How fully have we realized our promise? How might CiSE evolve to stimulate and support this synergy? These are the questions I am committed to addressing. One key to this task is to examine the degree to which our content and approach respect our mission and serve our community. Another is to closely follow developments in those realms of computing that relate to our professional work.
Both computational science and the use of computer technology in science and engineering are rapidly expanding in variety, sophistication, and power. As global climate modelers, experimental bench scientists, industrial engineers, college instructors, and various combinations of these, we depend more deeply on computing than ever before. As the landscape of the scientific and engineering computing world changes, CiSE must evolve by widening its scope and shifting its focus to follow current trends.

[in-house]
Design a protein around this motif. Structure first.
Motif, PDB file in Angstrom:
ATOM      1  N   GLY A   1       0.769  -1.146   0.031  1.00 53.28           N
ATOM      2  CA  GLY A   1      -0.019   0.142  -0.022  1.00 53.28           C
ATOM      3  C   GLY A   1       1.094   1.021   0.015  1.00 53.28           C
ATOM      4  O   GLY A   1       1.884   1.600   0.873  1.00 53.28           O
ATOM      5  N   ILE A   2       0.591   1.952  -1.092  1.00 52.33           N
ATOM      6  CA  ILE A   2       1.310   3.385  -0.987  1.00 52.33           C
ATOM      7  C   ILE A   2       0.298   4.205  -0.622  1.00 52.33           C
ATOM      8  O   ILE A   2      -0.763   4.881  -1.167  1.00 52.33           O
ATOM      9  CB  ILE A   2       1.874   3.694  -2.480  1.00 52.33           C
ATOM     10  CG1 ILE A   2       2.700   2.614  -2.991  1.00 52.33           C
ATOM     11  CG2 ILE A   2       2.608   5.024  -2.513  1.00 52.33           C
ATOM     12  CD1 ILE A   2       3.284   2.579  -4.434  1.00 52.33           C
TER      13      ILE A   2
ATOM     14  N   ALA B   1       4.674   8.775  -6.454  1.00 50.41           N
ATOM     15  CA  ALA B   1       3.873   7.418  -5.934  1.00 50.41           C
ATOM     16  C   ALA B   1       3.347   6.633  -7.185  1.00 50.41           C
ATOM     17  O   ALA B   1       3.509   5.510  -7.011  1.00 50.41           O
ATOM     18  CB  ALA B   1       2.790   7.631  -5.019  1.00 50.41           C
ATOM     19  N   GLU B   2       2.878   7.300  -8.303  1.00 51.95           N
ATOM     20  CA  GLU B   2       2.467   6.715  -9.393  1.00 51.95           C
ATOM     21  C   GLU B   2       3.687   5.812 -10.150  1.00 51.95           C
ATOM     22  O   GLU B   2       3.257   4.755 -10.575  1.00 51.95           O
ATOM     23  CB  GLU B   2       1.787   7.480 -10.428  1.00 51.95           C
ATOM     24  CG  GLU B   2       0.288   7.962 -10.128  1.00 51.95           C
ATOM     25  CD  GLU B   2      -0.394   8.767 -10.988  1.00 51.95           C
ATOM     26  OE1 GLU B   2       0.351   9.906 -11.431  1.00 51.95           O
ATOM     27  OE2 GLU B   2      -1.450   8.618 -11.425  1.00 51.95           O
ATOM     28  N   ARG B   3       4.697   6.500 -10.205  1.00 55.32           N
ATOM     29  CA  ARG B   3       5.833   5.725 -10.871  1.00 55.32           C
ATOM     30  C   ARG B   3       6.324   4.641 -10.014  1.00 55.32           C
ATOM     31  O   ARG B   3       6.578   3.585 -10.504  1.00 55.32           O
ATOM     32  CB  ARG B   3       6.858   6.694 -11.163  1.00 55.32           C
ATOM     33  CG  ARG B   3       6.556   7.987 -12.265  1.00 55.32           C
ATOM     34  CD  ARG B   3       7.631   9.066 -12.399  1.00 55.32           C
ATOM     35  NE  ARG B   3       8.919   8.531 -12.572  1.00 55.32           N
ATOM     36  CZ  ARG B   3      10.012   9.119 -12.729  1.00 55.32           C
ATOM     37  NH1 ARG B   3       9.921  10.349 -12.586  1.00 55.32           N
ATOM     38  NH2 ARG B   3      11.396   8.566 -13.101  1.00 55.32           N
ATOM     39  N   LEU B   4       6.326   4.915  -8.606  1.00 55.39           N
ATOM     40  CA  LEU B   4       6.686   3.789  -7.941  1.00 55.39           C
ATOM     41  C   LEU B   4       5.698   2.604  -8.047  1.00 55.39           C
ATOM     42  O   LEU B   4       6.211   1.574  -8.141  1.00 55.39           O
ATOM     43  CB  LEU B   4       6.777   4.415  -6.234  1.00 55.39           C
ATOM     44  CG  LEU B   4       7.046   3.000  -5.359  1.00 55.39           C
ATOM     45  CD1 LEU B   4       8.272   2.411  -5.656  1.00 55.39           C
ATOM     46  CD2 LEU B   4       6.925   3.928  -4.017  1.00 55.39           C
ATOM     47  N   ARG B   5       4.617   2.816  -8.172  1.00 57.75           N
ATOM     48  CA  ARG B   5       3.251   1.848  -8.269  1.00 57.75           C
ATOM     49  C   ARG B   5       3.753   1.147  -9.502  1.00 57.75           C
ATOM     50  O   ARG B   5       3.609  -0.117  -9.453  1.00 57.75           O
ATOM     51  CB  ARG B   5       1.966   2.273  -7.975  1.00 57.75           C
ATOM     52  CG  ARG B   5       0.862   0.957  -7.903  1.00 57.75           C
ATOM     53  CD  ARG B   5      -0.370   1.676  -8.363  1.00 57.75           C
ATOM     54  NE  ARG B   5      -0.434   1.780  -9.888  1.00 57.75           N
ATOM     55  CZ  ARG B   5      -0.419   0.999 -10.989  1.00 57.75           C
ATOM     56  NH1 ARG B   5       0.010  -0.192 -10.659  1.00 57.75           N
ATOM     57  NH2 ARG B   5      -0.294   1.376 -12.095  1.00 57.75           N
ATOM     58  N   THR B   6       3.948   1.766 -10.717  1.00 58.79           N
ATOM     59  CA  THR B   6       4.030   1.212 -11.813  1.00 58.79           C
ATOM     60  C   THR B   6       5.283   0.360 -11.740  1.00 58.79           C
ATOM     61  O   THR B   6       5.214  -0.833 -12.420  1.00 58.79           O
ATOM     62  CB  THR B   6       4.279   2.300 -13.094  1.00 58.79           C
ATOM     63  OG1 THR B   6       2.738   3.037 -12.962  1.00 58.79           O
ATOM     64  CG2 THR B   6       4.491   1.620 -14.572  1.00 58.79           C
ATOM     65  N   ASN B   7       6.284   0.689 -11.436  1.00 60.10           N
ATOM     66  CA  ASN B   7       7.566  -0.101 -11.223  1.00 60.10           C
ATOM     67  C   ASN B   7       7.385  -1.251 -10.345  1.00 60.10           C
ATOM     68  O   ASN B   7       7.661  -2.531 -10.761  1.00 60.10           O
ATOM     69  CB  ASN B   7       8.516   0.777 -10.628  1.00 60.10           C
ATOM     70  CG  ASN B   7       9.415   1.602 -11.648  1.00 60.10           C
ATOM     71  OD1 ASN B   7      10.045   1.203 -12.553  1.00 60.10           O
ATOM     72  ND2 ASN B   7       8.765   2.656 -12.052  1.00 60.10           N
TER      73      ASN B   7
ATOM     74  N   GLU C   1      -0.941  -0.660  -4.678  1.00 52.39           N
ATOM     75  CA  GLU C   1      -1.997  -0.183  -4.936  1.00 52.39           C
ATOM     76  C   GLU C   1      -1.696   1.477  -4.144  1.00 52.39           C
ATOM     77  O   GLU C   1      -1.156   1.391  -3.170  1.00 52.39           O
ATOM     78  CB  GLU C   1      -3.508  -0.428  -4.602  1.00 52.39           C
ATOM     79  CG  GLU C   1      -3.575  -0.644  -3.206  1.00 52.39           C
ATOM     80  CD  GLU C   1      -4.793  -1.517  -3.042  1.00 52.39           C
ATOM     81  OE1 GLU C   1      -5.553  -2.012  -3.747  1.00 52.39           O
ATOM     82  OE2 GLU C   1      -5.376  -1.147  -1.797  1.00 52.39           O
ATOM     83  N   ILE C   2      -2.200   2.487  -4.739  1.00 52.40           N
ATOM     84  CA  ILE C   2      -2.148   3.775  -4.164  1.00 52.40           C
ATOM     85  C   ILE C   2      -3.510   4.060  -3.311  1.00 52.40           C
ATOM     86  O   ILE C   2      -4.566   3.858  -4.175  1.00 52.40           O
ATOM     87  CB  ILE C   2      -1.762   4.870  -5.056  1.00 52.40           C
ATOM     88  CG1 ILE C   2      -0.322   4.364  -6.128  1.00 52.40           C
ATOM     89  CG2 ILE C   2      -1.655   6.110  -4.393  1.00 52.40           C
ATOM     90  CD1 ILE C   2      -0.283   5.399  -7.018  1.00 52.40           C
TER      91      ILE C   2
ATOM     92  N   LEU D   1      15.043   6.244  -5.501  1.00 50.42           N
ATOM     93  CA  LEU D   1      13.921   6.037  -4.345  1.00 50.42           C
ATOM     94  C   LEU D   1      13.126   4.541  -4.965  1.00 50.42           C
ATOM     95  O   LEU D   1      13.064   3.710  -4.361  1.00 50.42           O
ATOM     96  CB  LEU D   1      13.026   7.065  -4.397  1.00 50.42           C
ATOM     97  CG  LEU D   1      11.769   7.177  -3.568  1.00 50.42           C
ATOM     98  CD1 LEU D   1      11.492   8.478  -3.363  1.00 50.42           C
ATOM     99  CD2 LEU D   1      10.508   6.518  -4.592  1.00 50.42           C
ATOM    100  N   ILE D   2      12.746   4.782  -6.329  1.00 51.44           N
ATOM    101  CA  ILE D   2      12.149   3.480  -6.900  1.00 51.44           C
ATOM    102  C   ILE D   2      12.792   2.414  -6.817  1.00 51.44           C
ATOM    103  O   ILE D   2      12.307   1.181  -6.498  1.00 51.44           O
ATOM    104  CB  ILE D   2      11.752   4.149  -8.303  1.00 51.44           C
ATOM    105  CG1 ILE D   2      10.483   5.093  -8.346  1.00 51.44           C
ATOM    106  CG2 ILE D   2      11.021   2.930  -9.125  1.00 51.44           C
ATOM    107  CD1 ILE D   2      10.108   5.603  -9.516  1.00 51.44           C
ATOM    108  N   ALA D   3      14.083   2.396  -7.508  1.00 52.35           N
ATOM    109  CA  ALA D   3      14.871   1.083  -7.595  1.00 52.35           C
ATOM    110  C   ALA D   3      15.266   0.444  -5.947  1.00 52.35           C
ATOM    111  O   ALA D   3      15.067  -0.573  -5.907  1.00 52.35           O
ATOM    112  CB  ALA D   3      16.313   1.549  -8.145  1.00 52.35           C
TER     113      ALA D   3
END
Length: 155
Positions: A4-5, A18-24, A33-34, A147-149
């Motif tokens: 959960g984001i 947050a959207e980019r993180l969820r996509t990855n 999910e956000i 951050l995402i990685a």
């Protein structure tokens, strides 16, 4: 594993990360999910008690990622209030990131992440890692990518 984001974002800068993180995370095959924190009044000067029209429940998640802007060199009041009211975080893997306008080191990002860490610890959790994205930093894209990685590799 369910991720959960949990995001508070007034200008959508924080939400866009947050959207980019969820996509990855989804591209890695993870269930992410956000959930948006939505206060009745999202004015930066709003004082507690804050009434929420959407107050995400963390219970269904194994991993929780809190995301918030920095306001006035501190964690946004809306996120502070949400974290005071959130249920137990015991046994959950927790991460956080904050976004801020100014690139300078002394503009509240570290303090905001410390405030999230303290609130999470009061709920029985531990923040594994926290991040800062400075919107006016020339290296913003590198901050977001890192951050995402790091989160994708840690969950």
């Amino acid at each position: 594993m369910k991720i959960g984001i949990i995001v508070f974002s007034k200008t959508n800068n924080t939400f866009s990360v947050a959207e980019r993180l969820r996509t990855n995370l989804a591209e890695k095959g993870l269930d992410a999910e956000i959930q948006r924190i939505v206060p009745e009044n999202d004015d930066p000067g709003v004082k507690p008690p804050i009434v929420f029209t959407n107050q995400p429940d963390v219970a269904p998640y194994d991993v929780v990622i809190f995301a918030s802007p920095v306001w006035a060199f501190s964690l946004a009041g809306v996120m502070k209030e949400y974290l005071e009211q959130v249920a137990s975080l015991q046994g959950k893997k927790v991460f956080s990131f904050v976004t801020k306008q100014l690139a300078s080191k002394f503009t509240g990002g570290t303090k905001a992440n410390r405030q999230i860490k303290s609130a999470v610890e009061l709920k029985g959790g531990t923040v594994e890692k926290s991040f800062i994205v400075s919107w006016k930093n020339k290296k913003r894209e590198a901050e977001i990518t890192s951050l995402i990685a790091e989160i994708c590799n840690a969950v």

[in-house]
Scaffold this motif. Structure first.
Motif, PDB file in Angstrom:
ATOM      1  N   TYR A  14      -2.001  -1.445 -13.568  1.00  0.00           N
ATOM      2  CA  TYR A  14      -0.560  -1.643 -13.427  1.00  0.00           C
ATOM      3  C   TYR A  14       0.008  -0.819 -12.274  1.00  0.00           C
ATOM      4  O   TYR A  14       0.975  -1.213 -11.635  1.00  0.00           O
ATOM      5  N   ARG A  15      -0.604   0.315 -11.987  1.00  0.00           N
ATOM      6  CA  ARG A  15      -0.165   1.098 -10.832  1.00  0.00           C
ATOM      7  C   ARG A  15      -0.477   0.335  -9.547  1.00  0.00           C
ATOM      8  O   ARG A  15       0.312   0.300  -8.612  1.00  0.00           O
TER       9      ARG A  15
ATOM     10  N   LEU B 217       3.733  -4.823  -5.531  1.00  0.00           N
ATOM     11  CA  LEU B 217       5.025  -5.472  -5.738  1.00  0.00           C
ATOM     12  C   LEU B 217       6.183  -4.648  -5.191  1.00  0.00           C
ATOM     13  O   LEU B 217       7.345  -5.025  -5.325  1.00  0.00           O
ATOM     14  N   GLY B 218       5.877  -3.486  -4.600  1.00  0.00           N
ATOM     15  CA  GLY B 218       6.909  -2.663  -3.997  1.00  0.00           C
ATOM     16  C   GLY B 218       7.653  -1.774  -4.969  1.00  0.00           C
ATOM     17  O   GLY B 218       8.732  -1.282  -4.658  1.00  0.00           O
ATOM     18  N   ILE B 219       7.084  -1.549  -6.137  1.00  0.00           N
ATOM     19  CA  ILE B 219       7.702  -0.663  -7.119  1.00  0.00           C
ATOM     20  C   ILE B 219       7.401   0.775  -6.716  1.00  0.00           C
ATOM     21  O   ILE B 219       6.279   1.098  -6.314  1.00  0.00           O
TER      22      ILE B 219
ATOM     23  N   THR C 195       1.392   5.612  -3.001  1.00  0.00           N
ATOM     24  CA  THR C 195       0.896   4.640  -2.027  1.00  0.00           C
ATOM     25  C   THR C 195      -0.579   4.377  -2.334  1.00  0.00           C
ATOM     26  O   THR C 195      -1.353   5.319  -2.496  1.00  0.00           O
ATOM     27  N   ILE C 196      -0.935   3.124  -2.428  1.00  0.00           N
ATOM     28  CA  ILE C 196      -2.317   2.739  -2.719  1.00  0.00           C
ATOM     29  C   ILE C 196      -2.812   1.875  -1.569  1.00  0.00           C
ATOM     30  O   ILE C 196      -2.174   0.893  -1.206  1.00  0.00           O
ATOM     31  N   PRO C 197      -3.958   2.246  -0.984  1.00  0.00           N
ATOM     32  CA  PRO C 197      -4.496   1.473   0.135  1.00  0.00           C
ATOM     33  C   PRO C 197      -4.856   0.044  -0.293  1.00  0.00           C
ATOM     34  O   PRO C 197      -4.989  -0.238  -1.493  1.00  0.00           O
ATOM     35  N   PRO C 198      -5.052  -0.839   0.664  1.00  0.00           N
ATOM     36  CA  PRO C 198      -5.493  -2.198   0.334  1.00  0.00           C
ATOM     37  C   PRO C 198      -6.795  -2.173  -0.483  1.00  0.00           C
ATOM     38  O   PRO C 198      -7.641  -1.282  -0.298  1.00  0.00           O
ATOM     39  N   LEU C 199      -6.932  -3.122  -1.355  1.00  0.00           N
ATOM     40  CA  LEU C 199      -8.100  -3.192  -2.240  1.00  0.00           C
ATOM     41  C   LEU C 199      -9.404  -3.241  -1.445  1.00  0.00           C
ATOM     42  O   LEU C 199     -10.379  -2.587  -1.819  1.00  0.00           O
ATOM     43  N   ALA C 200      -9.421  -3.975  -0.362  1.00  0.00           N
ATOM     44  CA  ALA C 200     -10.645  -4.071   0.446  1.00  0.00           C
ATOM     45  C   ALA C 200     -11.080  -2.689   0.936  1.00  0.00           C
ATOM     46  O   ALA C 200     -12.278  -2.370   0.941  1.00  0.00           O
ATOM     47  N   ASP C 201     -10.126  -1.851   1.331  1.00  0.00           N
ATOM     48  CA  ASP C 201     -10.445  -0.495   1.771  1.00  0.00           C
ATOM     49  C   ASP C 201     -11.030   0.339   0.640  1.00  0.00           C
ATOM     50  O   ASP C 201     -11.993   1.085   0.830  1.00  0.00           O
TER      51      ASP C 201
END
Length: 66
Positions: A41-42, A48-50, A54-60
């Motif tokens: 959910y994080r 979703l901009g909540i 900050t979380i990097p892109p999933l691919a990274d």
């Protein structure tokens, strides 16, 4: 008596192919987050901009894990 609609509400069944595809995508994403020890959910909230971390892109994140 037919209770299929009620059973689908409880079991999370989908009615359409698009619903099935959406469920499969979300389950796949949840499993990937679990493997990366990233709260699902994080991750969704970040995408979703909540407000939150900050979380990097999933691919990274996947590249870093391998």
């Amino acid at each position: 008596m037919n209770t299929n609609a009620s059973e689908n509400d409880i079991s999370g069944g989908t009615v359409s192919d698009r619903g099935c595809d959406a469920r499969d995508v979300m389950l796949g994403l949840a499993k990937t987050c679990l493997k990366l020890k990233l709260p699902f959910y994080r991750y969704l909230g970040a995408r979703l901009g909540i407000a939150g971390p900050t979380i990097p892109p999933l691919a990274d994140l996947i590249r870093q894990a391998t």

What to do, then? Three components describe the shape of my vision: community, content, and approach. Despite differences in fields of expertise, manners of employing computation in our work, and locations on the research and teaching continuum, our broad community is bound by computation. We all stand to gain much from awareness and understanding of what others do and how they do it across this landscape. As more kinds of scientific and engineering problems become accessible to computational techniques, and as the interconnectedness of science and engineering practice and instruction grows, I see a need for CiSE to become a forum for building a community that transcends our differences.